Final Curtain for Cyprus Money-Launderer

The Tanzania-based FBME Bank, which has been described as one of the most notorious money-laundering operations in the world, has lost its final fight for access to the US electronic money transfer system, effectively putting its Cyprus unit out of business after an October 24 ruling by the US District Court in Washington, DC.

The ruling validates the US Treasury Department's conclusion that FBME Ltd., a Cayman Islands corporation, “was of primary money laundering concern.” The bank, according to the prosecutors, allegedly “facilitated money laundering, terrorist financing, transnational organized crime, fraud schemes, sanctions evasion, weapons proliferation, corruption by politically exposed persons, and other financial crimes.”

That is hardly the end of the story, however. At the moment, Tanzania and Cyprus are in a contest for jurisdiction over dissolution of the bank, many of whose depositors are believed to be among some of the world’s major criminal organizations, including the Russian Mafia, pornographers, phishing scams, corrupt heads of state and a long list of other wrongdoers. One source told Asia Sentinel that millions of dollars may never be claimed once the bank is finally dissolved because to do so would expose the names of the depositors, which would then alert law enforcement authorities to their actions. It could take months or even years to decide who gets jurisdiction, one source said.

Reports for the Cyprus Central Bank and other organizations by Kroll Associates, the international corporate investigation and country risk company, the Ernst & Young and PwC accounting firms and others painted a dark picture of vast corruption inside the bank.

The Lebanese brothers Ayoub-Farid and Fadi Saab are the beneficial owners of the bank. Michael Norbert Saab is the head of the bank’s credit card services division. It was first labeled a money-laundering operation three years ago by the US Treasury Department’s Financial Crimes Enforcement Network (FinCEN). The Bank of Tanzania, the country’s central bank, took over control of FBME Bank in the wake of the US ruling and appointed a manager to handle the bank’s affairs to oversee its liquidation even as the Saabs continued to fight to stay the US decision.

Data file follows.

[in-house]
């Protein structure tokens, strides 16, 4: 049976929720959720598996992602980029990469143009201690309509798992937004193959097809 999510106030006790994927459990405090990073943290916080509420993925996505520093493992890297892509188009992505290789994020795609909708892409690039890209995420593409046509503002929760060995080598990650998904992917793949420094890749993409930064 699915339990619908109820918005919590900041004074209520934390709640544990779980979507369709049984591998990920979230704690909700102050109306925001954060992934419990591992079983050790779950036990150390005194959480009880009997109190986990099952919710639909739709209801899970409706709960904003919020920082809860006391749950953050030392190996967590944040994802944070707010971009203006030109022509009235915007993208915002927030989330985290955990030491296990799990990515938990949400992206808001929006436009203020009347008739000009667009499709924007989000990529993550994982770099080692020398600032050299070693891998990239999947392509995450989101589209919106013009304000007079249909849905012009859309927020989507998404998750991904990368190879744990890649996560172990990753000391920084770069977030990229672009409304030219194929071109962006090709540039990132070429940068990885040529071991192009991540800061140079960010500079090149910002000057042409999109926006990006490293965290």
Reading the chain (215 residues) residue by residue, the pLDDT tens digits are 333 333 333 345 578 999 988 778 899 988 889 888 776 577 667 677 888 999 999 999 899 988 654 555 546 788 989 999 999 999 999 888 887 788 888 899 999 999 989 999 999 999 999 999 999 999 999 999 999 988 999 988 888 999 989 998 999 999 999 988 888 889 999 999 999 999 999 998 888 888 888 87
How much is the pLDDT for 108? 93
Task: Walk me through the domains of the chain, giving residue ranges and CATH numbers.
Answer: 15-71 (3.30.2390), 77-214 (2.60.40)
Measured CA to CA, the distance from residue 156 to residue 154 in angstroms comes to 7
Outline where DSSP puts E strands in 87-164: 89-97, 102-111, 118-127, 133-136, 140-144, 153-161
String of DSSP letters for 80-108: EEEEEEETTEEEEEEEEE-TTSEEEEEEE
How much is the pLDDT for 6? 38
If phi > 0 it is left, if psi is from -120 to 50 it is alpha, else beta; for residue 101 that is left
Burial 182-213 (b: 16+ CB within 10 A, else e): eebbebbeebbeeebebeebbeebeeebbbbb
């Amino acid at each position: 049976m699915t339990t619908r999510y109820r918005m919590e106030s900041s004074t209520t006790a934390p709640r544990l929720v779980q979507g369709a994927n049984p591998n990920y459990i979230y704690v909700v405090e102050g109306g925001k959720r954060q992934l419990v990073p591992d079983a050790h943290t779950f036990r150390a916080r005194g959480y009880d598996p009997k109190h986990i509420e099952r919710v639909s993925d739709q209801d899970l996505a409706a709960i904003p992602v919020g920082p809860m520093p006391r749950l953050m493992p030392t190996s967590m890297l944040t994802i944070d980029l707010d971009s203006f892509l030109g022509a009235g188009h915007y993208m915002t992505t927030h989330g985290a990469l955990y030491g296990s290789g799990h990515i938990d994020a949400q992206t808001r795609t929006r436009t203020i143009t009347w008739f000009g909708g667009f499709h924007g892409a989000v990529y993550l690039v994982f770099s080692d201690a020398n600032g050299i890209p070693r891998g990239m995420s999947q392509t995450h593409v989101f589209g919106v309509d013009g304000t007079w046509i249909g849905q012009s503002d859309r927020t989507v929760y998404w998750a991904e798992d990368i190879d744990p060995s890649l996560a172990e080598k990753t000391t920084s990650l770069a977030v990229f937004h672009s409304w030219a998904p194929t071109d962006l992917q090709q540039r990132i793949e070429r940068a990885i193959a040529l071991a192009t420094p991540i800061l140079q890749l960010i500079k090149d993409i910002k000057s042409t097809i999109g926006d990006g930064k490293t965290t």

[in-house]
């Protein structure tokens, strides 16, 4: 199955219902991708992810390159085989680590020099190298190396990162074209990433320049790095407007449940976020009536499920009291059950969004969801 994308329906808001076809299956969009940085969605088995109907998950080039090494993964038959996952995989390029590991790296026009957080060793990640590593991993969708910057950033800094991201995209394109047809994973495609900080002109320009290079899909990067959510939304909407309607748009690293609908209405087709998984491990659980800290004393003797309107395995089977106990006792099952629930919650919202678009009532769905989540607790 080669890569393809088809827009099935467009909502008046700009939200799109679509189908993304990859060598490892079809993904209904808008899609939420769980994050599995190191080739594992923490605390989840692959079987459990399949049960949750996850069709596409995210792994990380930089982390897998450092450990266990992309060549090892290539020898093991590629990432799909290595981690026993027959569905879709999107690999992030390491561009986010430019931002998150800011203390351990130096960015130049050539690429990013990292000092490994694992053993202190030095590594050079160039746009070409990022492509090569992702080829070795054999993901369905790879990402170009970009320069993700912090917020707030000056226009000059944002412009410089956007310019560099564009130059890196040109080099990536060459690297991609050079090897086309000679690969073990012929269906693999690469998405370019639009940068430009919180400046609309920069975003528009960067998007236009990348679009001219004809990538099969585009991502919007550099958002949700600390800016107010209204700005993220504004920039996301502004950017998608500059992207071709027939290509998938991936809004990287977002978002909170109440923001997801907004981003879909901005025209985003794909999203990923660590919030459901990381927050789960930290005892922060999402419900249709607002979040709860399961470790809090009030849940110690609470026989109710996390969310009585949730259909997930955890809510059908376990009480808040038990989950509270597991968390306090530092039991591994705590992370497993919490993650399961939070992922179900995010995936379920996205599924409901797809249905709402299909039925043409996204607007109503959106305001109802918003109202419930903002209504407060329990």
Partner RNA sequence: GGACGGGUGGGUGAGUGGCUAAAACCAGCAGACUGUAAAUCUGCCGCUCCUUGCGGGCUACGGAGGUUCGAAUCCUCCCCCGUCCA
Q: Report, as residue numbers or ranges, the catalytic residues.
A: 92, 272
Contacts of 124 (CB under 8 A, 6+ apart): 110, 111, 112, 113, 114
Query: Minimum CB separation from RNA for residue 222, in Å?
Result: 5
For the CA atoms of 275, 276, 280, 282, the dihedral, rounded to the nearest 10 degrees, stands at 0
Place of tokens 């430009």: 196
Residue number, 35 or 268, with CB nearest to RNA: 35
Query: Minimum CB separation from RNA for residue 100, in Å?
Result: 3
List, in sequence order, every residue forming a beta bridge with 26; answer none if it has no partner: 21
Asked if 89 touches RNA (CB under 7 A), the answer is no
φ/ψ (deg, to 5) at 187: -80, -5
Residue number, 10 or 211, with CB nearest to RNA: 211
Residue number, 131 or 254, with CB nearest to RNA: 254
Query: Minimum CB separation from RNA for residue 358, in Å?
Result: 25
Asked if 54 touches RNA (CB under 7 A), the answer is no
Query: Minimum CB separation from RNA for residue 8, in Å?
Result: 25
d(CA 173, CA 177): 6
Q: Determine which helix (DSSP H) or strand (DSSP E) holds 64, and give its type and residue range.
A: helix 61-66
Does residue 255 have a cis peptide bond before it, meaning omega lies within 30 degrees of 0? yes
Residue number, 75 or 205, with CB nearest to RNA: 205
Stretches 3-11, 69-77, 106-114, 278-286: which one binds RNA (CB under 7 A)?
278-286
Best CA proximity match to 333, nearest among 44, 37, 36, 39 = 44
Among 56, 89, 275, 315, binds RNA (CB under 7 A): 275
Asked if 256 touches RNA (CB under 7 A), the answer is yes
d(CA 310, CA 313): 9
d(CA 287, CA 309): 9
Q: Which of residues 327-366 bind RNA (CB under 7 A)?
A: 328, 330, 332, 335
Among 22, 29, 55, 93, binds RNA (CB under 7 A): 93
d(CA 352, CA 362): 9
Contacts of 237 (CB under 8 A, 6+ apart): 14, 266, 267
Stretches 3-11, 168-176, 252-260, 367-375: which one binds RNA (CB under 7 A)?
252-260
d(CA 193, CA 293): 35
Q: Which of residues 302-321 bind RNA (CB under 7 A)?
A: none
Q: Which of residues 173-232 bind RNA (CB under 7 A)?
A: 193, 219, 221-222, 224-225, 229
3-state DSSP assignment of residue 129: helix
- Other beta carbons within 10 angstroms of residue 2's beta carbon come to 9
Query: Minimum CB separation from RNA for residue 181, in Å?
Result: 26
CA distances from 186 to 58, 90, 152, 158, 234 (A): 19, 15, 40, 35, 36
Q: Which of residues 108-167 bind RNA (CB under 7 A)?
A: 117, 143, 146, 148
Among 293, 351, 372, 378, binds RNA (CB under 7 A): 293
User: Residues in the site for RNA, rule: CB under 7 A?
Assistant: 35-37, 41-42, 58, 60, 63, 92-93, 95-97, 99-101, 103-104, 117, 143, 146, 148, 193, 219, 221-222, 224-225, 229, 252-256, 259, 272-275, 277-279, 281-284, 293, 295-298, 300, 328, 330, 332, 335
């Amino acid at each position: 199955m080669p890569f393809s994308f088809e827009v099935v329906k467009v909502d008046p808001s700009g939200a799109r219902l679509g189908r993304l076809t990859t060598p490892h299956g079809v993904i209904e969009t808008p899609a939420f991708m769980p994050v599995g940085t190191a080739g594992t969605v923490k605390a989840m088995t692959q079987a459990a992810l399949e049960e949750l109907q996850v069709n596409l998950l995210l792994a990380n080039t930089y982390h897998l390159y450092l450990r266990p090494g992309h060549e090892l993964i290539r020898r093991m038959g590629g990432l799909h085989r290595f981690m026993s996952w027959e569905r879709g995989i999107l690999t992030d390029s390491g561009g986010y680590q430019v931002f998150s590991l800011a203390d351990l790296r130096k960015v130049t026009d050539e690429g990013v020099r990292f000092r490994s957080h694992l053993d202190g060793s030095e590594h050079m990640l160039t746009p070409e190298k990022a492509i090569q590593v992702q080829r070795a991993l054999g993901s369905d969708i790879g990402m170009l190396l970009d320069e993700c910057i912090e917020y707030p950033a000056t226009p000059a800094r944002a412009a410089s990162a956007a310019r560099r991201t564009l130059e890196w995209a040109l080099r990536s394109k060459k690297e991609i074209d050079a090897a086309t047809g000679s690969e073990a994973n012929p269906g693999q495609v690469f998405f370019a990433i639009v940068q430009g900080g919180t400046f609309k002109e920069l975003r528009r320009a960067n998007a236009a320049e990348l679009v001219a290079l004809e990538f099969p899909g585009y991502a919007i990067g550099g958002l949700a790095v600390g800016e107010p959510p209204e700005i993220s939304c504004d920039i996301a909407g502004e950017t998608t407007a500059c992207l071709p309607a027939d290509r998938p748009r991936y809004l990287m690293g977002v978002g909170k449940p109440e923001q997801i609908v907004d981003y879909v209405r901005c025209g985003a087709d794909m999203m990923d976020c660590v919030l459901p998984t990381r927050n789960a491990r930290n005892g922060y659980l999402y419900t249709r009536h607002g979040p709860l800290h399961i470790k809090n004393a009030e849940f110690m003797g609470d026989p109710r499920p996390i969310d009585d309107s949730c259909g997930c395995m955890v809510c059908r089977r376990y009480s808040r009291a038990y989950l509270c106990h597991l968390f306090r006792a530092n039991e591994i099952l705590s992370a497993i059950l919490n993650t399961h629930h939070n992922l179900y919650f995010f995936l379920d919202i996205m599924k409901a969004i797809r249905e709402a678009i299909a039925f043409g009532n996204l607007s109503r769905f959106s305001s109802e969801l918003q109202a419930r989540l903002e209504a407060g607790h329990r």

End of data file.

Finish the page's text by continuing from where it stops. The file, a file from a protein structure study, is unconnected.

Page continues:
The end for the bank came on a stunning oversight. On Oct. 3, the bank’s lawyers, Quinn Emanuel Urquhart and Sullivan, wrote the US District Court that the Washington-based arm of the law firm had been instructed by the central bank of Tanzania to withdraw FBME Bank from the appeal, a move by Tanzania that was believed to be at the behest of the US government. The ultimate owners, a Cayman Islands entity, however, refused to give up and continued the court fight.

But apparently the bank’s 20-odd lawyers didn’t notice that the bank had neglected to re-register in the Cayman Islands. The Cayman Registry of Companies struck off the bank’s holding company on Oct. 31, 2016 “due to a lapse in its corporate administrator.” According to Cayman law, a company struck off is effectively dissolved and cannot sue or be sued.

“The upshot is that FBME was a legal nullity when it purported to file its notice of appeal in April 2017,” ruled the court, headed by Chief Judge Henderson Garland. “[A] corporation which has been dissolved is as if it did not exist, and the result of the dissolution can not be distinguished from the death of a natural person in its effect. It remains a legal nullity now. It is not and has never been a proper party to this appeal. And because the Bank has withdrawn, there is no viable appellant and no dispute fit for resolution on the merits.”

In April, after a three-year court battle, US District Court Judge Christopher Cooper granted a motion by FinCEN to bar FBME Bank from US operation, affirming a March 2016 final ruling barring FBME from use of the US SWIFT system (Society for Worldwide Interbank Financial Telecommunication) through which most of the world’s financial transactions travel, or from using US dollars. It also prohibited domestic financial institutions from opening or maintaining correspondent bank accounts on behalf of FBME.

FBME appealed, fighting the ruling tenaciously until the sudden withdrawal described in the Quinn Emanuel letter on Oct. 3.

The Saabs, who have publicly denied wrongdoing, have sought arbitration in the International Chamber of Commerce Arbitration Court in Paris, seeking €1.5 billion in damages from the Republic of Cyprus.

The bank has been the subject of a series of stories by Asia Sentinel that described the alleged laundering of millions of US dollars out of the Indonesia-based Bank Mutiara, formerly known as Bank Century, which was looted by its owner, Robert Tantular, during the global financial crisis of 2009. Bank Mutiara was taken over by the Tokyo-based J Trust financial conglomerate. J Trust and the Saabs have threatened multiple lawsuits against Asia Sentinel over the stories. Asia Sentinel stands by its reporting.

(This article has been updated)